Snoutless Dog Gets Hero’s Welcome in the Philippines
After spending eight months in the U.S. undergoing two operations, a dog named Kabang has returned home to the Philippines to a hero’s welcome.
In December of 2011, in Zamboanga in the southern Philippines, the two-year-old dog saved the lives of two young girls by jumping in front of a speeding motorcycle. Kabang’s face was caught in the bike’s front wheel and her nose and the top of her jaw were torn off when the bike flipped.
Dina, one of the girls Kabang saved, is the daughter of the dog’s owner, Rudy Bunggal; the other is her cousin, Princess.
Kabang required surgery beyond what veterinarians in the Philippines could do. Karen Kenngott, a critical care nurse, helped to organize a fundraising campaign that raised $27,000 for her medical treatment. People from 20 different countries contributed and Kabang and Anton Lim, a local veterinarian, were flown to the William R. Pritchard Veterinary Medical Teaching Hospital at the University of California, Davis.
As Care2 blogger Sharon Seltzer describes, Kabang required two surgeries. One focused on dental work while the second closed the large wound on her face to prevent dust and germs from entering her lungs. Heartworm and a cancerous tumor were also removed.
A statement from the hospital said that “there are no plans to fit Kabang with a ‘prosthetic snout’ or to replace her jaw.” The surgeries were meant, as Sharon writes, “to keep the dog from getting any infections from her wounds that would threaten her life, rather than worry about aesthetic beauty.”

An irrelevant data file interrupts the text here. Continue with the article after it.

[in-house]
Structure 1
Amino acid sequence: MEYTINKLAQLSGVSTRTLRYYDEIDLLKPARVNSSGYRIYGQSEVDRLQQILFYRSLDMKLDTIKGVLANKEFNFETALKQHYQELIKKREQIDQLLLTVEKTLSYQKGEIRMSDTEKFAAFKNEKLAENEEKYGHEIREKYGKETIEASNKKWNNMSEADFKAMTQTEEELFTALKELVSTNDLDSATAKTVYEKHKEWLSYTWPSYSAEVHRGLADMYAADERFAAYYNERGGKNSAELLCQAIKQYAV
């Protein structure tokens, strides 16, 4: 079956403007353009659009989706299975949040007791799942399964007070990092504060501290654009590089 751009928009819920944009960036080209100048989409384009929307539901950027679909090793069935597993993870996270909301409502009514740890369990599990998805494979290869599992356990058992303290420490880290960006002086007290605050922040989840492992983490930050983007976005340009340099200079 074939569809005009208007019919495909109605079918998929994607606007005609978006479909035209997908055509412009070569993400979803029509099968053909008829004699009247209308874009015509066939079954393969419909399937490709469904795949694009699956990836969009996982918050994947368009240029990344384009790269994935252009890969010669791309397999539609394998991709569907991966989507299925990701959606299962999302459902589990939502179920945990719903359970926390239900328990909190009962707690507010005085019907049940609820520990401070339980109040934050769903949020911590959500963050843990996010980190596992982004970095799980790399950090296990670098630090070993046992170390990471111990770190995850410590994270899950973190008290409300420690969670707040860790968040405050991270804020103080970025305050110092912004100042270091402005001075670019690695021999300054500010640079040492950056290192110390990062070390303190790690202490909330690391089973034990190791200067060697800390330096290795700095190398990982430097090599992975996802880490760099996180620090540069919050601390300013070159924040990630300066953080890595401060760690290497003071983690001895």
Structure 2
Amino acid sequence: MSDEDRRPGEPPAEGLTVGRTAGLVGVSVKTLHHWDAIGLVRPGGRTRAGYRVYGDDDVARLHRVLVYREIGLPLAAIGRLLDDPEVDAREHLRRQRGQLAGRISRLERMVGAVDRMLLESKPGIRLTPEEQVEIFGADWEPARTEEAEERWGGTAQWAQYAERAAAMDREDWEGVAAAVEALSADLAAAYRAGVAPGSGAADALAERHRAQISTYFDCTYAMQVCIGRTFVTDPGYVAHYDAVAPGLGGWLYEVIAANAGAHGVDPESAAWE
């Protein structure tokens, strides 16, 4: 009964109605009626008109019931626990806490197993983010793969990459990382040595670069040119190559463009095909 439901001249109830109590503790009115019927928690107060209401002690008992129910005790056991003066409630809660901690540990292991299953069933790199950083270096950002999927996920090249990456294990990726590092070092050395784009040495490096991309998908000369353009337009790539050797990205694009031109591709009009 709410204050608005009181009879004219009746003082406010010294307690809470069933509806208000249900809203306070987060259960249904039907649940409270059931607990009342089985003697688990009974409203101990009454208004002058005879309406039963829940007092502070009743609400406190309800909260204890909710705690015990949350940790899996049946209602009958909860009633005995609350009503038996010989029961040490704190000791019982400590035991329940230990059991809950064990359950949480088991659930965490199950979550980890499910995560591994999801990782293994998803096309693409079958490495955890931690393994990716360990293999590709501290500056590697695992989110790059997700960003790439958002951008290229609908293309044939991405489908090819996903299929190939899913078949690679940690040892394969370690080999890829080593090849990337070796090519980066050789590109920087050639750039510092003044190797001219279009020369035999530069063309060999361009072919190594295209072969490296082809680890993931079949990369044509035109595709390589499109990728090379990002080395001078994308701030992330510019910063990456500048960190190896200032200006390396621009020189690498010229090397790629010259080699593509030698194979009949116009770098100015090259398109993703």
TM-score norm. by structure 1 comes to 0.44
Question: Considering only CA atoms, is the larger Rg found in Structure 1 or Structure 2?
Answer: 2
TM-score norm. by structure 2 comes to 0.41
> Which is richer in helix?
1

After all she’d done and endured, Kabang was “an instant star” when she arrived back in her home country on Saturday. Television cameras and a crowd of fans awaited her at Manila International Airport. Kabang was taken to see a nearby mall and park that dog lovers frequent and dubbed the “Pride of Zamboanga” by the mayor. Authorities are also planning a short motorcade in Kabang’s honor.
“What we want is to make her an ambassador of dog good will, and to promote responsible pet ownership,” said Lim. “What we see here — she saved two lives, so the whole world actually came together to save her.”
Kabang was found two years ago, abandoned in a swamp, by her now-owner, Bunggal. He originally brought the puppy home with the intention of fattening her up and feeding her to his family.
Under the Phillipines’ 1998 Animal Welfare Act, “only cattle, pigs, goats, sheep, poultry, rabbits, carabaos, horses, deer and crocodiles” can be killed for food. Dogs can be killed for religious rituals or “when they endanger people or when it’s necessary to control their population.” But enforcement of the law is lacking, as thousands of dogs are slaughtered and eaten every year in the Philippines, despite government warnings about the risk of rabies and other diseases.
Certainly the family must be thankful that they kept Kabang. After Kabang was found, Dina and Princess, Bunggal’s daughter and niece, became attached to her and were able to keep her as a pet. The two girls named her Kabang, which means “spotty” or “different colors.” Thanks to one heroic dog who didn’t hesitate to put her life at risk, two young girls are alive today.
Photo via areforkabangfacebook